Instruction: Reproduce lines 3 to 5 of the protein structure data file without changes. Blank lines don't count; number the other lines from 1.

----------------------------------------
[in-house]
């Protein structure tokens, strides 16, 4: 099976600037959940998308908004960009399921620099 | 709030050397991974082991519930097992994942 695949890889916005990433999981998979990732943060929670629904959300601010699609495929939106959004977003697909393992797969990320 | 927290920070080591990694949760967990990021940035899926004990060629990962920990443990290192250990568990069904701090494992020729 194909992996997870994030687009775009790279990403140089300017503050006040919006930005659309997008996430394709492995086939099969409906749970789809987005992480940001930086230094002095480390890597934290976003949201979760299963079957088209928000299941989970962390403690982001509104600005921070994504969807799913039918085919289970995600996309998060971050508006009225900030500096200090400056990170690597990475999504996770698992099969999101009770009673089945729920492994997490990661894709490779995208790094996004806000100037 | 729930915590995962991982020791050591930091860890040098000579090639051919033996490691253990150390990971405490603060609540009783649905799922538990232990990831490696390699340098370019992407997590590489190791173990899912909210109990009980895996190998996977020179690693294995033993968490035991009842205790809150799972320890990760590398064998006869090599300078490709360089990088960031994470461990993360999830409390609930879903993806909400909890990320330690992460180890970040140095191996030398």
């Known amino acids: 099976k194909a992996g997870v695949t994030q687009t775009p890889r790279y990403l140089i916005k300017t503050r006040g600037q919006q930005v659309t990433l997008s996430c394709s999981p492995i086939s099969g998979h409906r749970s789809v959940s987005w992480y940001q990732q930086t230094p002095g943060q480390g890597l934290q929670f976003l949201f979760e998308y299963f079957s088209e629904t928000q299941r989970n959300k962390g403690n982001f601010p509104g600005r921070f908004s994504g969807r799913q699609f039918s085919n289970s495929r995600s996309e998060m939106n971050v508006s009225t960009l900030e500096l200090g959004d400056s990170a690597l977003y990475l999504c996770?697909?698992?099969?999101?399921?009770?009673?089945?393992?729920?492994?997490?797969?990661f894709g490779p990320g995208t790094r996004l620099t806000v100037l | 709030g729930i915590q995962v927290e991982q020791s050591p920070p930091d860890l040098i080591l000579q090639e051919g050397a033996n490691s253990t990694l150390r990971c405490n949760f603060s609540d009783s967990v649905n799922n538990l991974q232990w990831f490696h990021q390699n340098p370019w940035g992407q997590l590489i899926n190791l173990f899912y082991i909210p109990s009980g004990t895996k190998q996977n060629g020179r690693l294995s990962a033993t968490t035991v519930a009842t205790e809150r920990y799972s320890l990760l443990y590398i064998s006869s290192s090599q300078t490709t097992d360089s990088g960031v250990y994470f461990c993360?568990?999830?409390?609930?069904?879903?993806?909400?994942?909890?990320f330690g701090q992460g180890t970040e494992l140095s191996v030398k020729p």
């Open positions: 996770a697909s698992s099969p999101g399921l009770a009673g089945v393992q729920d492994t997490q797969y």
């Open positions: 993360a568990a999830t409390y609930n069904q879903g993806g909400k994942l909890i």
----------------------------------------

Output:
């Known amino acids: 099976k194909a992996g997870v695949t994030q687009t775009p890889r790279y990403l140089i916005k300017t503050r006040g600037q919006q930005v659309t990433l997008s996430c394709s999981p492995i086939s099969g998979h409906r749970s789809v959940s987005w992480y940001q990732q930086t230094p002095g943060q480390g890597l934290q929670f976003l949201f979760e998308y299963f079957s088209e629904t928000q299941r989970n959300k962390g403690n982001f601010p509104g600005r921070f908004s994504g969807r799913q699609f039918s085919n289970s495929r995600s996309e998060m939106n971050v508006s009225t960009l900030e500096l200090g959004d400056s990170a690597l977003y990475l999504c996770?697909?698992?099969?999101?399921?009770?009673?089945?393992?729920?492994?997490?797969?990661f894709g490779p990320g995208t790094r996004l620099t806000v100037l | 709030g729930i915590q995962v927290e991982q020791s050591p920070p930091d860890l040098i080591l000579q090639e051919g050397a033996n490691s253990t990694l150390r990971c405490n949760f603060s609540d009783s967990v649905n799922n538990l991974q232990w990831f490696h990021q390699n340098p370019w940035g992407q997590l590489i899926n190791l173990f899912y082991i909210p109990s009980g004990t895996k190998q996977n060629g020179r690693l294995s990962a033993t968490t035991v519930a009842t205790e809150r920990y799972s320890l990760l443990y590398i064998s006869s290192s090599q300078t490709t097992d360089s990088g960031v250990y994470f461990c993360?568990?999830?409390?609930?069904?879903?993806?909400?994942?909890?990320f330690g701090q992460g180890t970040e494992l140095s191996v030398k020729p």
């Open positions: 996770a697909s698992s099969p999101g399921l009770a009673g089945v393992q729920d492994t997490q797969y």
């Open positions: 993360a568990a999830t409390y609930n069904q879903g993806g909400k994942l909890i």